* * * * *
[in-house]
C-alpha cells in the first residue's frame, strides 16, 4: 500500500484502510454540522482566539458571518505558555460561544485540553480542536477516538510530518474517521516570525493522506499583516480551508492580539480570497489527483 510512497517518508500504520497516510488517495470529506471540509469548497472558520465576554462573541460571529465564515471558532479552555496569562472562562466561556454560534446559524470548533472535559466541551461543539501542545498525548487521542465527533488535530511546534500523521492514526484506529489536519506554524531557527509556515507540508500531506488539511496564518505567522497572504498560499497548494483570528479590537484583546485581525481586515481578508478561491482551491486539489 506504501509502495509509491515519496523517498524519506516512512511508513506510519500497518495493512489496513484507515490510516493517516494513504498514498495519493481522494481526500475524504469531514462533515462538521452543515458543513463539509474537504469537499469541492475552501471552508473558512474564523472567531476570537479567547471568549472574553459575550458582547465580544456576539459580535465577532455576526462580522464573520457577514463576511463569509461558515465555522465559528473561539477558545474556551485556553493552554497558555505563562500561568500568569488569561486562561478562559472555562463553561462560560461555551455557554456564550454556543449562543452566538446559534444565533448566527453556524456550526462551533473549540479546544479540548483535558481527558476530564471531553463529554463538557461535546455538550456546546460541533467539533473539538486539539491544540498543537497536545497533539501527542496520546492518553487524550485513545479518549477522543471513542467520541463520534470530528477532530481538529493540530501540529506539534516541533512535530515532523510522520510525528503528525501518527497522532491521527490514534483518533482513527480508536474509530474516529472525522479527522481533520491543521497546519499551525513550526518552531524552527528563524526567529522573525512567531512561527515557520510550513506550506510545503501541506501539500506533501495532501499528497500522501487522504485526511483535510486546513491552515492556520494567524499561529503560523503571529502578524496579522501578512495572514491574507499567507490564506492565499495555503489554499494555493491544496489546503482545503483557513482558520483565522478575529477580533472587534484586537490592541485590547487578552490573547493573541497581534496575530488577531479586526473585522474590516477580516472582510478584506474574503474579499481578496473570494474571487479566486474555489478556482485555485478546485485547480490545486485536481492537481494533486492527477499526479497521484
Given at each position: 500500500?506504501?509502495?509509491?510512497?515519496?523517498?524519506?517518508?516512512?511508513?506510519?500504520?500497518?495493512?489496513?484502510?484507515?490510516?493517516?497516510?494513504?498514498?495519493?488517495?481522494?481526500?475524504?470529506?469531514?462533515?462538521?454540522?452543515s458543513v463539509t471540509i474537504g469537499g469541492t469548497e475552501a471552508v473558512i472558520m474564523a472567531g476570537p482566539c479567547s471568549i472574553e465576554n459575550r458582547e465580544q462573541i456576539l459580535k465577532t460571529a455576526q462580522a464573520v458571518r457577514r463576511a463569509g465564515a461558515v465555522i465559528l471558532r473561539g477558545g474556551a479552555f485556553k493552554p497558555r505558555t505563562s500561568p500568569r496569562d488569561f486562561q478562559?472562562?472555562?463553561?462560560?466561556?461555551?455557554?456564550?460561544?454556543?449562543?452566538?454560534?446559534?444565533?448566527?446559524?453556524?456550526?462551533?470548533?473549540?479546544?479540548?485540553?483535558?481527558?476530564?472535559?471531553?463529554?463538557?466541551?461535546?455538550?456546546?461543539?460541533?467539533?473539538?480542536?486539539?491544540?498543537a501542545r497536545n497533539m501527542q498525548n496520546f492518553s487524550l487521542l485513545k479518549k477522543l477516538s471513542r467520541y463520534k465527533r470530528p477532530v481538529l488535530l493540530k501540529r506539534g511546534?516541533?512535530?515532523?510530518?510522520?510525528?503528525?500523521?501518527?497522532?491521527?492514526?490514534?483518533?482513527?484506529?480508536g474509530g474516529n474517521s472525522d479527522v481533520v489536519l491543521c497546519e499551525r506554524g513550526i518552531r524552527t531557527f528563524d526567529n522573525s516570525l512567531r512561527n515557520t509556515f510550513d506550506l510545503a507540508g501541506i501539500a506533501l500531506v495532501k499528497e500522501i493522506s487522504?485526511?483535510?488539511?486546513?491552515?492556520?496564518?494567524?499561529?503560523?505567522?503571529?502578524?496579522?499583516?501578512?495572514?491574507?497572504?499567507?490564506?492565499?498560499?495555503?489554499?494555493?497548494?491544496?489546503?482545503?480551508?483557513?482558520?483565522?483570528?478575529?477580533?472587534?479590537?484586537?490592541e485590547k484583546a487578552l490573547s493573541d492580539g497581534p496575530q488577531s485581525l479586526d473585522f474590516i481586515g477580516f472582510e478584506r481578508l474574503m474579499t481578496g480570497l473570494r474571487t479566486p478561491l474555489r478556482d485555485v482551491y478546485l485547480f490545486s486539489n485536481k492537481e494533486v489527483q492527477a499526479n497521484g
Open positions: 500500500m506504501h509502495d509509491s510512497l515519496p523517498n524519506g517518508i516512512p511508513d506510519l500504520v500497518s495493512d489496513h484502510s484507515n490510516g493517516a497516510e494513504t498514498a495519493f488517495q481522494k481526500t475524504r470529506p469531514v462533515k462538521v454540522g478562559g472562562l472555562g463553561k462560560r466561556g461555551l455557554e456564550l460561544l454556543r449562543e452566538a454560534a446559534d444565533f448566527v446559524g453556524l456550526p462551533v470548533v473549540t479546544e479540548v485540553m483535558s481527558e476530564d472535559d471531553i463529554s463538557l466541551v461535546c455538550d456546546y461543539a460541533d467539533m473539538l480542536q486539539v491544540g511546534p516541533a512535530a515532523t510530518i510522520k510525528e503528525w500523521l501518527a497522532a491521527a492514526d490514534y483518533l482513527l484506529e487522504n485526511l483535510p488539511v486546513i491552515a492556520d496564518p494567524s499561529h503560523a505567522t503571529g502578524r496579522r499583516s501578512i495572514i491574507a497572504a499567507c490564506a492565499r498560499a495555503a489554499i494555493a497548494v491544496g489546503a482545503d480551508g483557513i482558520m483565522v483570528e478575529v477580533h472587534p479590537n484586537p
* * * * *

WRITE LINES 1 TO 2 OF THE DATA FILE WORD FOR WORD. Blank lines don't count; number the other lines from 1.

[in-house]
C-alpha cells in the first residue's frame, strides 16, 4: 500500500484502510454540522482566539458571518505558555460561544485540553480542536477516538510530518474517521516570525493522506499583516480551508492580539480570497489527483 510512497517518508500504520497516510488517495470529506471540509469548497472558520465576554462573541460571529465564515471558532479552555496569562472562562466561556454560534446559524470548533472535559466541551461543539501542545498525548487521542465527533488535530511546534500523521492514526484506529489536519506554524531557527509556515507540508500531506488539511496564518505567522497572504498560499497548494483570528479590537484583546485581525481586515481578508478561491482551491486539489 506504501509502495509509491515519496523517498524519506516512512511508513506510519500497518495493512489496513484507515490510516493517516494513504498514498495519493481522494481526500475524504469531514462533515462538521452543515458543513463539509474537504469537499469541492475552501471552508473558512474564523472567531476570537479567547471568549472574553459575550458582547465580544456576539459580535465577532455576526462580522464573520457577514463576511463569509461558515465555522465559528473561539477558545474556551485556553493552554497558555505563562500561568500568569488569561486562561478562559472555562463553561462560560461555551455557554456564550454556543449562543452566538446559534444565533448566527453556524456550526462551533473549540479546544479540548483535558481527558476530564471531553463529554463538557461535546455538550456546546460541533467539533473539538486539539491544540498543537497536545497533539501527542496520546492518553487524550485513545479518549477522543471513542467520541463520534470530528477532530481538529493540530501540529506539534516541533512535530515532523510522520510525528503528525501518527497522532491521527490514534483518533482513527480508536474509530474516529472525522479527522481533520491543521497546519499551525513550526518552531524552527528563524526567529522573525512567531512561527515557520510550513506550506510545503501541506501539500506533501495532501499528497500522501487522504485526511483535510486546513491552515492556520494567524499561529503560523503571529502578524496579522501578512495572514491574507499567507490564506492565499495555503489554499494555493491544496489546503482545503483557513482558520483565522478575529477580533472587534484586537490592541485590547487578552490573547493573541497581534496575530488577531479586526473585522474590516477580516472582510478584506474574503474579499481578496473570494474571487479566486474555489478556482485555485478546485485547480490545486485536481492537481494533486492527477499526479497521484